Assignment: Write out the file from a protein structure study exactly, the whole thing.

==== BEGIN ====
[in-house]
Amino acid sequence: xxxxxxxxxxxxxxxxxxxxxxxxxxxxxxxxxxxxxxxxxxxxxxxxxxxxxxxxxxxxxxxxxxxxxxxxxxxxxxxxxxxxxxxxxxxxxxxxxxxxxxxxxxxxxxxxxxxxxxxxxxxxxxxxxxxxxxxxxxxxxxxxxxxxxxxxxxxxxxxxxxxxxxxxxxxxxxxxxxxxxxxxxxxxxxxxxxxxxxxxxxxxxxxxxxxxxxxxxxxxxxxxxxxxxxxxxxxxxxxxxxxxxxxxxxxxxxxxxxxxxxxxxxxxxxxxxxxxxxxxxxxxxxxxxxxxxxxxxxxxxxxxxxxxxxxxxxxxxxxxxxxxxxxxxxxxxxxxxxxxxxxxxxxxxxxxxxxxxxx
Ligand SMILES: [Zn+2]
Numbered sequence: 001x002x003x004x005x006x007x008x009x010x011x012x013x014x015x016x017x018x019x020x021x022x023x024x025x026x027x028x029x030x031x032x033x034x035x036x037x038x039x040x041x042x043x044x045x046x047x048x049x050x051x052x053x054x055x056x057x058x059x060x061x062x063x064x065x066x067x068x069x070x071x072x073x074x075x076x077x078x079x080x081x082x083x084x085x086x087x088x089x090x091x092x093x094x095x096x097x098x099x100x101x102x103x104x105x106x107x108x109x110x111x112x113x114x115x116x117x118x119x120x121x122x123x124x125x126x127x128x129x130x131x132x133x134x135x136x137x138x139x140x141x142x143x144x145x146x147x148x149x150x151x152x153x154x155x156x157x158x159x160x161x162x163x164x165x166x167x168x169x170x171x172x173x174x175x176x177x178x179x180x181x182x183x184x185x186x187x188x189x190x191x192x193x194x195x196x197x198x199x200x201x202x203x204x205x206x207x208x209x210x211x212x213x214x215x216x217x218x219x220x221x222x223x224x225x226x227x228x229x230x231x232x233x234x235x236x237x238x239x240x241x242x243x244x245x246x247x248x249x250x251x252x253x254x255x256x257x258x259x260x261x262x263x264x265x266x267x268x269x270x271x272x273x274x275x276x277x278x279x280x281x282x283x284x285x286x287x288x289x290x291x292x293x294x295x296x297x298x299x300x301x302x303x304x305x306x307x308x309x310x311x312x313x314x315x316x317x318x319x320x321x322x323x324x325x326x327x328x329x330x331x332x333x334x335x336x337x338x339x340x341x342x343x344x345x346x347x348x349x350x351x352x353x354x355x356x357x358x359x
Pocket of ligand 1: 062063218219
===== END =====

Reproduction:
[in-house]
Amino acid sequence: xxxxxxxxxxxxxxxxxxxxxxxxxxxxxxxxxxxxxxxxxxxxxxxxxxxxxxxxxxxxxxxxxxxxxxxxxxxxxxxxxxxxxxxxxxxxxxxxxxxxxxxxxxxxxxxxxxxxxxxxxxxxxxxxxxxxxxxxxxxxxxxxxxxxxxxxxxxxxxxxxxxxxxxxxxxxxxxxxxxxxxxxxxxxxxxxxxxxxxxxxxxxxxxxxxxxxxxxxxxxxxxxxxxxxxxxxxxxxxxxxxxxxxxxxxxxxxxxxxxxxxxxxxxxxxxxxxxxxxxxxxxxxxxxxxxxxxxxxxxxxxxxxxxxxxxxxxxxxxxxxxxxxxxxxxxxxxxxxxxxxxxxxxxxxxxxxxxxxxx
Ligand SMILES: [Zn+2]
Numbered sequence: 001x002x003x004x005x006x007x008x009x010x011x012x013x014x015x016x017x018x019x020x021x022x023x024x025x026x027x028x029x030x031x032x033x034x035x036x037x038x039x040x041x042x043x044x045x046x047x048x049x050x051x052x053x054x055x056x057x058x059x060x061x062x063x064x065x066x067x068x069x070x071x072x073x074x075x076x077x078x079x080x081x082x083x084x085x086x087x088x089x090x091x092x093x094x095x096x097x098x099x100x101x102x103x104x105x106x107x108x109x110x111x112x113x114x115x116x117x118x119x120x121x122x123x124x125x126x127x128x129x130x131x132x133x134x135x136x137x138x139x140x141x142x143x144x145x146x147x148x149x150x151x152x153x154x155x156x157x158x159x160x161x162x163x164x165x166x167x168x169x170x171x172x173x174x175x176x177x178x179x180x181x182x183x184x185x186x187x188x189x190x191x192x193x194x195x196x197x198x199x200x201x202x203x204x205x206x207x208x209x210x211x212x213x214x215x216x217x218x219x220x221x222x223x224x225x226x227x228x229x230x231x232x233x234x235x236x237x238x239x240x241x242x243x244x245x246x247x248x249x250x251x252x253x254x255x256x257x258x259x260x261x262x263x264x265x266x267x268x269x270x271x272x273x274x275x276x277x278x279x280x281x282x283x284x285x286x287x288x289x290x291x292x293x294x295x296x297x298x299x300x301x302x303x304x305x306x307x308x309x310x311x312x313x314x315x316x317x318x319x320x321x322x323x324x325x326x327x328x329x330x331x332x333x334x335x336x337x338x339x340x341x342x343x344x345x346x347x348x349x350x351x352x353x354x355x356x357x358x359x
Pocket of ligand 1: 062063218219